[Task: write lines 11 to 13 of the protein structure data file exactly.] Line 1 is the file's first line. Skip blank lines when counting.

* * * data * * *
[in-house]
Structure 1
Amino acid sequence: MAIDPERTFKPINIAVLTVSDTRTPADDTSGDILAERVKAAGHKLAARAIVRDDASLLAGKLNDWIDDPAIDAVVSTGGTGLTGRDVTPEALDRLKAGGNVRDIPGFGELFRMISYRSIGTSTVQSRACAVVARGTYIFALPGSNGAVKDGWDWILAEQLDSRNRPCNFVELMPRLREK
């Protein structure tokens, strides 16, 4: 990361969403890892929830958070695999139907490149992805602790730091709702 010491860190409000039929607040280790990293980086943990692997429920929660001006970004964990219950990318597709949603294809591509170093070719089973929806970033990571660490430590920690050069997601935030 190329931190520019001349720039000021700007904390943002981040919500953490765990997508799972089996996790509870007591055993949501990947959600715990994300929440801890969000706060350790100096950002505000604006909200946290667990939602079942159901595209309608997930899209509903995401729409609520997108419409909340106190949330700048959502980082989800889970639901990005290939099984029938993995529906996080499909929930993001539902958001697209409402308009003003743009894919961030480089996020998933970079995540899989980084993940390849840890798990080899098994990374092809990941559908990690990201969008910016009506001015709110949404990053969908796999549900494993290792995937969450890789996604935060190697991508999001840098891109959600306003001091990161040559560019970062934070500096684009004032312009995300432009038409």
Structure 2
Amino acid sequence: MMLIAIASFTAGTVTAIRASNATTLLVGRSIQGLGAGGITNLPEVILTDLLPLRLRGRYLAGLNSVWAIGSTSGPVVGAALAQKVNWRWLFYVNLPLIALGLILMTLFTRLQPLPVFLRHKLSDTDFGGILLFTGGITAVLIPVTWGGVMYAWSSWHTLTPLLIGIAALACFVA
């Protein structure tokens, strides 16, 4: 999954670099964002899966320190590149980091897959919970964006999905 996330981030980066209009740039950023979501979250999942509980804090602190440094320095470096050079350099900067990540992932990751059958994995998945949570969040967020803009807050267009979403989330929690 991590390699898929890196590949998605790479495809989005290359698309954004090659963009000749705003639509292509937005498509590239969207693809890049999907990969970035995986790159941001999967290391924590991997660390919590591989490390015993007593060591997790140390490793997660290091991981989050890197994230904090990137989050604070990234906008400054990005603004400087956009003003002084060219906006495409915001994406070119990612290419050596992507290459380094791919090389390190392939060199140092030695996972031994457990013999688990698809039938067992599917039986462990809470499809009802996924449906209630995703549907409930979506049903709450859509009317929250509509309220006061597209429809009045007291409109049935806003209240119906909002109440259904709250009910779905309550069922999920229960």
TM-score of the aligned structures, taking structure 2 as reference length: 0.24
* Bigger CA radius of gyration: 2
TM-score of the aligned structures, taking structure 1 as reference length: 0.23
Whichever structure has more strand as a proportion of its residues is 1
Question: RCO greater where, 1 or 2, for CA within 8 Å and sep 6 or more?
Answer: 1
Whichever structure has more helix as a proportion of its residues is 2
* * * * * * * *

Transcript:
Whichever structure has more strand as a proportion of its residues is 1
Question: RCO greater where, 1 or 2, for CA within 8 Å and sep 6 or more?
Answer: 1